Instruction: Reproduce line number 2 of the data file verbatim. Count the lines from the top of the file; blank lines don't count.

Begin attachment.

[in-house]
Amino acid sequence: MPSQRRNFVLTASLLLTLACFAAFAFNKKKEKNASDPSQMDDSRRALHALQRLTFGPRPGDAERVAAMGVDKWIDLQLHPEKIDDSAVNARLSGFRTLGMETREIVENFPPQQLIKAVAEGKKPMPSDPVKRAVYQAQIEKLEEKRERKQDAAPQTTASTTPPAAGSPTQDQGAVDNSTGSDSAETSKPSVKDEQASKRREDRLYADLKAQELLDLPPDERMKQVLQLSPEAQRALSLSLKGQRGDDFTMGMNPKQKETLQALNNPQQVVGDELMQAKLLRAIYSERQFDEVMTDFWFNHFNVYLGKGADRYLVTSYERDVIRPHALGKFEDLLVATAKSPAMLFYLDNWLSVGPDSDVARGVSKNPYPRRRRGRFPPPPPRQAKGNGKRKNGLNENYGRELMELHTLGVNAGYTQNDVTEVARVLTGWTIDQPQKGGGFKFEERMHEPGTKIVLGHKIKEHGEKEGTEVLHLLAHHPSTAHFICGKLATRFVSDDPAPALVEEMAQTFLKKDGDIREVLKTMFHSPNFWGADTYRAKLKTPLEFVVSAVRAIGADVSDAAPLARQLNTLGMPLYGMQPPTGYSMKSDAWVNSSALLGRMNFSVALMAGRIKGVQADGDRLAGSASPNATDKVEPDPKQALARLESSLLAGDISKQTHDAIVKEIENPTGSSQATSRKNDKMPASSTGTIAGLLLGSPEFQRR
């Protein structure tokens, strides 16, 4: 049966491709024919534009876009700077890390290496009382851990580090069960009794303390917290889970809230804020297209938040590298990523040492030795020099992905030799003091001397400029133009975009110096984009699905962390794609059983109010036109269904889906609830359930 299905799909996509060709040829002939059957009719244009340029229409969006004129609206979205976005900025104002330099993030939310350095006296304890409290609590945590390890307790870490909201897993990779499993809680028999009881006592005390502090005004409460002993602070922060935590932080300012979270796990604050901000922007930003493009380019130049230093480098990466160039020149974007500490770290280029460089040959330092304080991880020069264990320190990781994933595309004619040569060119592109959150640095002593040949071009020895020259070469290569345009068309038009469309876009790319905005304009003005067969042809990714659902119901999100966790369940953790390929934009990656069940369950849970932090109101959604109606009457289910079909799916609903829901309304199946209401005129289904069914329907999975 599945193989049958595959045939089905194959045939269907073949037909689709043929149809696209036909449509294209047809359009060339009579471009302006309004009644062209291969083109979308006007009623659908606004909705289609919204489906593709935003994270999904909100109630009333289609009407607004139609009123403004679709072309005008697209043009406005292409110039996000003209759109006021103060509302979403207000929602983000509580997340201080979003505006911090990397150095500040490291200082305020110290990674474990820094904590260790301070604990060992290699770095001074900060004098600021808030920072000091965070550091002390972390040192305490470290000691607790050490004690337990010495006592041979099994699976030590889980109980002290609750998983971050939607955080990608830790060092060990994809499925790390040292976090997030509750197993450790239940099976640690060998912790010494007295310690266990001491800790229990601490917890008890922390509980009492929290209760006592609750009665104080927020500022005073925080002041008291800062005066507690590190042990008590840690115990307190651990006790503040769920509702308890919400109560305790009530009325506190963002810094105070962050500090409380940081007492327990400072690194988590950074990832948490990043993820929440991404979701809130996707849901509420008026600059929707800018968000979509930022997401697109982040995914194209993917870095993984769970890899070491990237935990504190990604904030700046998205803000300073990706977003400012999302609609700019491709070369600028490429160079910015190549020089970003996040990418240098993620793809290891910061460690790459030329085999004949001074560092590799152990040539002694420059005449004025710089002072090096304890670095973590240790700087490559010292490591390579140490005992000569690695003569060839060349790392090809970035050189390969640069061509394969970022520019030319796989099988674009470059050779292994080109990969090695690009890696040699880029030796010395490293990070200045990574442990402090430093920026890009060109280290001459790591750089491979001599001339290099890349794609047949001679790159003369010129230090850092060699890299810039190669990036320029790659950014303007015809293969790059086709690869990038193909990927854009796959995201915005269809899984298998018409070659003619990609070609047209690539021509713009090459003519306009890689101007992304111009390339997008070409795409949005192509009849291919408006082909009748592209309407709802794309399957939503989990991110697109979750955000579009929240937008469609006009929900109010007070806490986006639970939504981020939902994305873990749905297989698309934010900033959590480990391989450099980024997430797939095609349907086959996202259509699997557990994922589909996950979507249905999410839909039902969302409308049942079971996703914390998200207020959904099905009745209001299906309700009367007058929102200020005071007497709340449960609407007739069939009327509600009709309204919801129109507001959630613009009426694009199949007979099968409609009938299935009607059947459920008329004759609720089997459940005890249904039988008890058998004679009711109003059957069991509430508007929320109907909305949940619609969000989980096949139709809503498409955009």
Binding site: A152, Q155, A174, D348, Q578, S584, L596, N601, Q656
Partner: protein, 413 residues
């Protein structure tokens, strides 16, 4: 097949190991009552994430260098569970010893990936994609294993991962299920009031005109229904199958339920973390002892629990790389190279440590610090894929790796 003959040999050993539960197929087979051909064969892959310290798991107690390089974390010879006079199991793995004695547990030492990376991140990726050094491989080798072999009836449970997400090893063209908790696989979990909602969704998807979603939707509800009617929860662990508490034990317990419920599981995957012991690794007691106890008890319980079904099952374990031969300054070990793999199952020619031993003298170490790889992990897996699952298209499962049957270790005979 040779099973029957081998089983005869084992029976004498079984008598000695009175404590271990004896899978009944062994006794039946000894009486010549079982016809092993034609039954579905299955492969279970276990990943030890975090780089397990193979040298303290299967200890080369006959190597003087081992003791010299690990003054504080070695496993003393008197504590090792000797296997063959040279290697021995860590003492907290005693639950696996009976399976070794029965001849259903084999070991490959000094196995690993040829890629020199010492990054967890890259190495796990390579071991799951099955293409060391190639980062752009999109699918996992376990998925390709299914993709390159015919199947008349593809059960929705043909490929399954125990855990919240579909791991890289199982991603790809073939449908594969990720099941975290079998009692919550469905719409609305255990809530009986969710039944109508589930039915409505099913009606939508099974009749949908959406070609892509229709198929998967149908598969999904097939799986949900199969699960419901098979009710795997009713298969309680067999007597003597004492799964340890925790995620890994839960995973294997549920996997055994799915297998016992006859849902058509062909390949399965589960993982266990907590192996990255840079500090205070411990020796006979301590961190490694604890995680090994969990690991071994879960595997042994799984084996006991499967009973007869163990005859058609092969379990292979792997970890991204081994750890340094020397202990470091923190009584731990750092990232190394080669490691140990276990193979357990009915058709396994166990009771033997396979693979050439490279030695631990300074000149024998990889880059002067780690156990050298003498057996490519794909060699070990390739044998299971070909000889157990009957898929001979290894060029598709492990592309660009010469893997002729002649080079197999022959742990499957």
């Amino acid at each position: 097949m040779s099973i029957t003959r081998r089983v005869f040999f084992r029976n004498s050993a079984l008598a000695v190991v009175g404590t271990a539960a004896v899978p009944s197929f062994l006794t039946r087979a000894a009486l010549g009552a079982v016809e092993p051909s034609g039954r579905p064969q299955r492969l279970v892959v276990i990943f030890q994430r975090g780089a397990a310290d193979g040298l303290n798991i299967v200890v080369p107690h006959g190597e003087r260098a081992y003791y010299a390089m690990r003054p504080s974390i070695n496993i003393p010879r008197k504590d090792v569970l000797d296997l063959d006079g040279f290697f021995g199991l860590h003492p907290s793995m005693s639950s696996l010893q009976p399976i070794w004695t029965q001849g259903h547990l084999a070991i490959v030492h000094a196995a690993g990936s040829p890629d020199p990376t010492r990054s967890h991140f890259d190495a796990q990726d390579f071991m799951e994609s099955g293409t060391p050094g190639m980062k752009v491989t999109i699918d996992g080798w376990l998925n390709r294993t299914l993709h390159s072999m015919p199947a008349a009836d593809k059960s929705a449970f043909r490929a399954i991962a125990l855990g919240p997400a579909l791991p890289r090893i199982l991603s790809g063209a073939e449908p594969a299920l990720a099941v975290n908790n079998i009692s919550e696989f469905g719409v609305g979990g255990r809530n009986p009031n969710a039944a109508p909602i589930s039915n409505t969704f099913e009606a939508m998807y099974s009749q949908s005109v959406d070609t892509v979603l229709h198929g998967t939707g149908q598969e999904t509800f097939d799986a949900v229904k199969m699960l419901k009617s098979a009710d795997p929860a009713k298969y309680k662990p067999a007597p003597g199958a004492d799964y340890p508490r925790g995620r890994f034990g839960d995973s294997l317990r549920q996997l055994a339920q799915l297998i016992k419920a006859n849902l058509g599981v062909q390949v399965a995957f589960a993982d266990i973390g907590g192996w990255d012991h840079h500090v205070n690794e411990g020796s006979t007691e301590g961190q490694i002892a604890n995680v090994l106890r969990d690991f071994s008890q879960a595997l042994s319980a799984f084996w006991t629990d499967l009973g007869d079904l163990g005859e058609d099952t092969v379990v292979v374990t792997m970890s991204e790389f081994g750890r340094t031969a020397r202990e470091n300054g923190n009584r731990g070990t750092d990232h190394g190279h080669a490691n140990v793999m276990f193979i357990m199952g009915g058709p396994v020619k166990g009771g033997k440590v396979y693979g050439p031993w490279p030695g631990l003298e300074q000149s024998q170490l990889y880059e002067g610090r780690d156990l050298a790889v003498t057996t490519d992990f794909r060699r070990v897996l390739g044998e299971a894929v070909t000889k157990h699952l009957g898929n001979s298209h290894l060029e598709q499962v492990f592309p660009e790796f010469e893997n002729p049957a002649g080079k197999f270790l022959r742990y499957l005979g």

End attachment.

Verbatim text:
Amino acid sequence: MPSQRRNFVLTASLLLTLACFAAFAFNKKKEKNASDPSQMDDSRRALHALQRLTFGPRPGDAERVAAMGVDKWIDLQLHPEKIDDSAVNARLSGFRTLGMETREIVENFPPQQLIKAVAEGKKPMPSDPVKRAVYQAQIEKLEEKRERKQDAAPQTTASTTPPAAGSPTQDQGAVDNSTGSDSAETSKPSVKDEQASKRREDRLYADLKAQELLDLPPDERMKQVLQLSPEAQRALSLSLKGQRGDDFTMGMNPKQKETLQALNNPQQVVGDELMQAKLLRAIYSERQFDEVMTDFWFNHFNVYLGKGADRYLVTSYERDVIRPHALGKFEDLLVATAKSPAMLFYLDNWLSVGPDSDVARGVSKNPYPRRRRGRFPPPPPRQAKGNGKRKNGLNENYGRELMELHTLGVNAGYTQNDVTEVARVLTGWTIDQPQKGGGFKFEERMHEPGTKIVLGHKIKEHGEKEGTEVLHLLAHHPSTAHFICGKLATRFVSDDPAPALVEEMAQTFLKKDGDIREVLKTMFHSPNFWGADTYRAKLKTPLEFVVSAVRAIGADVSDAAPLARQLNTLGMPLYGMQPPTGYSMKSDAWVNSSALLGRMNFSVALMAGRIKGVQADGDRLAGSASPNATDKVEPDPKQALARLESSLLAGDISKQTHDAIVKEIENPTGSSQATSRKNDKMPASSTGTIAGLLLGSPEFQRR